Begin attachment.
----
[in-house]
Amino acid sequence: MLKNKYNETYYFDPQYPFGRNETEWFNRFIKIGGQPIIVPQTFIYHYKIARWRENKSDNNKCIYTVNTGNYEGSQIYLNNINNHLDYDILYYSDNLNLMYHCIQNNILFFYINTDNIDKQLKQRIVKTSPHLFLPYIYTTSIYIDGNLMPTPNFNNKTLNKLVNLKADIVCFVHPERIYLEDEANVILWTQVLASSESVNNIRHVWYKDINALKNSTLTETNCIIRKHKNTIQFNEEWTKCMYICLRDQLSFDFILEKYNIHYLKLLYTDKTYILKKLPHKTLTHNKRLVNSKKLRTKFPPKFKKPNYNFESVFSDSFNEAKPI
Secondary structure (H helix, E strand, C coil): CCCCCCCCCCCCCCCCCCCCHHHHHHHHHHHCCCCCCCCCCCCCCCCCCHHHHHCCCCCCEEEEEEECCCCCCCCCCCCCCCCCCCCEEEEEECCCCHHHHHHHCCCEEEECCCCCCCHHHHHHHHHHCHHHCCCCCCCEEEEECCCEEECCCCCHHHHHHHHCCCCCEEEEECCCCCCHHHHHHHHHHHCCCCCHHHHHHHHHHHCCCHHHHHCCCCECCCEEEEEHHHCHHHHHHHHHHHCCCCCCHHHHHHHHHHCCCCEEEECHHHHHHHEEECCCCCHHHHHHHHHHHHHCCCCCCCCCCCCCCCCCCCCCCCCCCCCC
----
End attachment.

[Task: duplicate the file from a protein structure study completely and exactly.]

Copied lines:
[in-house]
Amino acid sequence: MLKNKYNETYYFDPQYPFGRNETEWFNRFIKIGGQPIIVPQTFIYHYKIARWRENKSDNNKCIYTVNTGNYEGSQIYLNNINNHLDYDILYYSDNLNLMYHCIQNNILFFYINTDNIDKQLKQRIVKTSPHLFLPYIYTTSIYIDGNLMPTPNFNNKTLNKLVNLKADIVCFVHPERIYLEDEANVILWTQVLASSESVNNIRHVWYKDINALKNSTLTETNCIIRKHKNTIQFNEEWTKCMYICLRDQLSFDFILEKYNIHYLKLLYTDKTYILKKLPHKTLTHNKRLVNSKKLRTKFPPKFKKPNYNFESVFSDSFNEAKPI
Secondary structure (H helix, E strand, C coil): CCCCCCCCCCCCCCCCCCCCHHHHHHHHHHHCCCCCCCCCCCCCCCCCCHHHHHCCCCCCEEEEEEECCCCCCCCCCCCCCCCCCCCEEEEEECCCCHHHHHHHCCCEEEECCCCCCCHHHHHHHHHHCHHHCCCCCCCEEEEECCCEEECCCCCHHHHHHHHCCCCCEEEEECCCCCCHHHHHHHHHHHCCCCCHHHHHHHHHHHCCCHHHHHCCCCECCCEEEEEHHHCHHHHHHHHHHHCCCCCCHHHHHHHHHHCCCCEEEECHHHHHHHEEECCCCCHHHHHHHHHHHHHCCCCCCCCCCCCCCCCCCCCCCCCCCCCC